Keyboard Music is in Standard Notation
To play a keyboard, you’ll have to read sheet music in standard notation, the instantly recognizable lines of music notes. Learning to read music can prove to be an entirely separate hobby on its own.
People can study music theory for years, and you can get a college degree in it.
Musicians almost unanimously agree that either a piano or keyboard would be the best instrument for a beginner to learn music. The visual of the piano keys is one factor that makes a difference.
When you look at a musical staff, the lowest possible note starts at the bottom, below the actual staff. Meanwhile, the highest note is high above the staff. Notes then follow this pattern.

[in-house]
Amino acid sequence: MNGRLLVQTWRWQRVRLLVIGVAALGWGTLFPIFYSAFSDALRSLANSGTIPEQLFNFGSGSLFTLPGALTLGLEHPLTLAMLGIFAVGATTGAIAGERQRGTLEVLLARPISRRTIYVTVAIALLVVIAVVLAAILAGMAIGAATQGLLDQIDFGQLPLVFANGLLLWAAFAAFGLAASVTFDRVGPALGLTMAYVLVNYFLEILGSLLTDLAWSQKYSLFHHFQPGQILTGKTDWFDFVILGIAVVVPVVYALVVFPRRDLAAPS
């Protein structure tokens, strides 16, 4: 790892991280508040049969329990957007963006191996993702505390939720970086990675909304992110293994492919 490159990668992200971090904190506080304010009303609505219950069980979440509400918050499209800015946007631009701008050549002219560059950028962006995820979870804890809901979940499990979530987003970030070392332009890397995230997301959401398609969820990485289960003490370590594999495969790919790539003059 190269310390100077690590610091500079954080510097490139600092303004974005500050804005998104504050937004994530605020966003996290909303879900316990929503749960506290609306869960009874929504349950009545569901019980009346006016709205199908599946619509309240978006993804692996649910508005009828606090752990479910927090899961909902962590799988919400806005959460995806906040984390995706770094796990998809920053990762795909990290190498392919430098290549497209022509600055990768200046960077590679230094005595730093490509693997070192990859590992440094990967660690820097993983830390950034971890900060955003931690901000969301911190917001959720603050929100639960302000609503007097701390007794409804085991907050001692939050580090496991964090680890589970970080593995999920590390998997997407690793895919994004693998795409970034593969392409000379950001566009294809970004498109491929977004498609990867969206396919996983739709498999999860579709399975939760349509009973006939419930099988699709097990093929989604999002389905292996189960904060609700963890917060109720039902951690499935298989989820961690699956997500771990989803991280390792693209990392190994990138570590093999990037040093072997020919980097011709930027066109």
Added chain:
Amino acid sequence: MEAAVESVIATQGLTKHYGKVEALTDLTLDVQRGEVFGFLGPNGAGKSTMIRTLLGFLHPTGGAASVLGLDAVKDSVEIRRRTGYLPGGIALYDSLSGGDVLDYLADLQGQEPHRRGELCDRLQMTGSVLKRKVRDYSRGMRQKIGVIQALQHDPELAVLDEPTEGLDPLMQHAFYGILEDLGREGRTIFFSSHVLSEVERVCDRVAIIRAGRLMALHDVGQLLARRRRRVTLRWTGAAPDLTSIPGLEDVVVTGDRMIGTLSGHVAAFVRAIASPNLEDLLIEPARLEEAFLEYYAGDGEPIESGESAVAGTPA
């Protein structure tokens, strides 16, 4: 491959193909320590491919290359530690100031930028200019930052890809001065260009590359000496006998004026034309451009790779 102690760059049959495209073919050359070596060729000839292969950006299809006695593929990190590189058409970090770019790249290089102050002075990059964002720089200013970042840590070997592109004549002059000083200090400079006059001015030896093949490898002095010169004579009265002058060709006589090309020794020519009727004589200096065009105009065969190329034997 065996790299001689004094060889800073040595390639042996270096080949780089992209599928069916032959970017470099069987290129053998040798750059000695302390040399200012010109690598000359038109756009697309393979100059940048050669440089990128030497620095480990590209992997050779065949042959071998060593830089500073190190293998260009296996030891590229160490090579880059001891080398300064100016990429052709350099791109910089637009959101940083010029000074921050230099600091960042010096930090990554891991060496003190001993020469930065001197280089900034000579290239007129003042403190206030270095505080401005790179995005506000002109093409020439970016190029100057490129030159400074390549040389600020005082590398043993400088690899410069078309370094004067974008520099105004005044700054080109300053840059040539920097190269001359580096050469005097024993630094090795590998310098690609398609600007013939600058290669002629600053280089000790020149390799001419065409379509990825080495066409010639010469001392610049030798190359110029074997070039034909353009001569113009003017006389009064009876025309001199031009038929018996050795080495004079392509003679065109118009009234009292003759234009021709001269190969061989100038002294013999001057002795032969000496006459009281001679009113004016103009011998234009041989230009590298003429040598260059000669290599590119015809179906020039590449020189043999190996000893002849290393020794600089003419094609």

Likewise, the keyboard is set up similarly. When you look at the keys, The left side is the low notes, while the highest notes are on the right.
Guitar Music is in Guitar Tablature
For a guitar, you will have to read music as well. The guitar’s sheet music comes in standard notation or in guitar tablature. Tablature, or TABs, have six lines to represent the six strings on a guitar.
Instead of reading music in standard notation, TABs provide visuals of where your fingers should go on the strings. Whether or not that’s ideal depends on what you’re after. The ability to read guitar tablature doesn’t transfer to another instrument since all others use standard notation sheet music.
Why Learning Standard Notation First is Better
In terms of learning to read music, the guitar may be easier thanks to guitar tablature, but the skill is non-transferable. It’s best to start with a keyboard and then switch to another instrument, like a guitar.
After all, knowing musical theory is a valuable skill. A 2009 study at Bowling Green University reviewed the retention of piano skills for music majors (source).